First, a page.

She went over to the Chief Surgeon, Major Appel, and he gave her an order to the imps of St. Peter to let her remain by his side or else he would be moved. They pocket the order and ignored it. Then she went back to Major Appel, and he said that order was good and to act upon it. About half a block away was the long Island College hospital, she went there and Uncle Henry, a gentleman from Canton, a friend of the President and others went with her to the hospital and when the door was opened, they rushed in. Mama said she had come for her son, and her spirit of defiance won. They took him gently from his bed on the stretcher, went down the elevator and as gently took him to the other hospital. Here he was placed on the first floor and mama allowed to stay with him all she wished. He was not hurt by this removal. Was conscious but was very sick. It was soon seen that he had typhoid and that the jolting to hospital at Montauk, from 1t to transport and then to St. Peters in Brooklyn had done him irreparable damage. On Friday he seemed no worse, but on Saturday morn mana sent me a message at six o'clock, but on Saturday morn mama sent me a message at six o’clock, reaching me at 9:30, that his temperature was 103.6. I started at once. Paul took me to cars. He had brought the message to me, as Dot was at her gym. I missed the ten train from B. & O by one minute. So took the 11 train from B. & P. Sent for Dot, but she got to gate as we moved off, so I went alone in the go-cart to Brooklyn where Uncle Henry met me. Took carriage to hospital.

Got there at six. Henry delirious. Did not know me. Would put out his tongue to doctor and also take hold of dish to drink. Called out attention company, and then would call different members of it. About nine that evening after some stimulant

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mama stood feeling of his feet and holding his right hand. It seems that he could not see when one was close by. He recognized her and spoke mama, as well as he could. She asked if he could squeeze her hand and he did so several times. I had his left hand, sitting close to him. I bent down and called him twice just as if he were in bed upstairs, and then said, papa has your hand do you know it? He nodded his head and made a sound to indicate yes and squeezed my hand several times. Then he went off into delirium again. He knew me but did not appreciate why I was there, nor where. About ten minutes later as I sat on the side of the bed fanning him, he raised up, caught my fan and began to struggle with both hands as though running and fighting. I called out to quiet him, when he fell back and asked, "did the guard get us?" I said no, and besides, papa is here, so they can’t get you, Henry. He smiled and tried to say something, holding my hand closely all the while, but went off into another delirium. I knew by this struggle that he could not live and told mama he would not live the night out. Mama was so completely exhausted that I compelled her to go to the parlor and lie down on a cot provided for her. The head nurse, tho off duty, volunteered to stay with him and to call us if any change came. I had not slept a wink for anxiety the night before and could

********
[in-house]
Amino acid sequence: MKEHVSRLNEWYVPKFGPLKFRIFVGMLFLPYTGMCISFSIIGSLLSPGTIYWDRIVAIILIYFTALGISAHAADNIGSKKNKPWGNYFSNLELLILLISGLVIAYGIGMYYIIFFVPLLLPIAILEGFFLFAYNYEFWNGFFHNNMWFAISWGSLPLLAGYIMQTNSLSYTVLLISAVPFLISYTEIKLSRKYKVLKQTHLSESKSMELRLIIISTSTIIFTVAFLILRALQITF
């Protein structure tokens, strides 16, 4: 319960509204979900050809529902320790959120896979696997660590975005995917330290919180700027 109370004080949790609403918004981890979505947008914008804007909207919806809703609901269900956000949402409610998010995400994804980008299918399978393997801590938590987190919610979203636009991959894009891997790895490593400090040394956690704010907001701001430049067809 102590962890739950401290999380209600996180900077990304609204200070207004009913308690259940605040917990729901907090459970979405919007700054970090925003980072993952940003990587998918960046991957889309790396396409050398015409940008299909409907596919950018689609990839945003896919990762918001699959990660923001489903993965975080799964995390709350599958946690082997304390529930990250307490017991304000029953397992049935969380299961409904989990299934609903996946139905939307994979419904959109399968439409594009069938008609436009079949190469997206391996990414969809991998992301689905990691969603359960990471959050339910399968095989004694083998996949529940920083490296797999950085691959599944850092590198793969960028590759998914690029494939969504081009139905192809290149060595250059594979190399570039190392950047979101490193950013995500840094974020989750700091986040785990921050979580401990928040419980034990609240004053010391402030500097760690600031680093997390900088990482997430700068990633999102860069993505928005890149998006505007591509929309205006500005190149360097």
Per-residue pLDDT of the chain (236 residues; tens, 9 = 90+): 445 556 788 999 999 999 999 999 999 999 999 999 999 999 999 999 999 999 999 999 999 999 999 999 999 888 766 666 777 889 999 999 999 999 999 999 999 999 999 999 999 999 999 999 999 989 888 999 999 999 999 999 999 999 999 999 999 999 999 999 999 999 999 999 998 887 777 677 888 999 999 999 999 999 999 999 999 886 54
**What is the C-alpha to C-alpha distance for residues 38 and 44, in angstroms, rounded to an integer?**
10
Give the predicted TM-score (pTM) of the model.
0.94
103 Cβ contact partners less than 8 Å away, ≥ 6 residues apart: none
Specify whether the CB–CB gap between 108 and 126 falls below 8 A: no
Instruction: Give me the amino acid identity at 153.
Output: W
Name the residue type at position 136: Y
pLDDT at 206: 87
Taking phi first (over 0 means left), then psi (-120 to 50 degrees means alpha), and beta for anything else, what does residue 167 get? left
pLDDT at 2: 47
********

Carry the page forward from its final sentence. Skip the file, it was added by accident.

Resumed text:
not keep awake, besides, it is always the way when one of the family is sick, I am sleepy at once. So, I lay down on a sofa beside her. At one o'clock the nurse opened the door and said come. We went and I thought he would live but a few moments. He was quiet, apparently very little pulse, and slow breathing. I asked for a doctor. He had left at midnight. I asked could she give him hypos. She said she would do anything I said. So, he had several nitroglycerine and strychnine injections and two ounces of whisky by hypo. Three o'clock he was sleeping as though perfectly well. Pulse strong then a perspiration broke out. His temperature was 105 when we began to give hypos, and they bathed him in ice water. At three a. m. it was down to 103, and all the nurses were smiling, hoping that the crisis had come and that he would live. I said he might if his temperature went no lower. At 3:30 It was 102, with the profuse perspiration, so I knew that collapse was coming. A few moments after came a hiccough. That told the tale, but still the poor boy fought the enemy with great and wonderful strength. At 9:15 he began to moan. He was not conscious. Had not moaned before. My mother began to moan just before her death. Hands and feet were cold, and breathing became just bronchial, simply artificial. Hands and feet were cold, and breathing long that I thought him gone, Sometimes he stopped so, but I could hear the heart just running rapidly and he would breathe again. then a struggle for breath. Finally came a long interval, He drew his face as though he might have a pain and was bravely going to resist it, but in a second it became calm, and just as they rang the bell at the Sunday School in the Eastern Presbyterian Church, at 9:30, Henry wen to Sunday school, and saw the master face to face.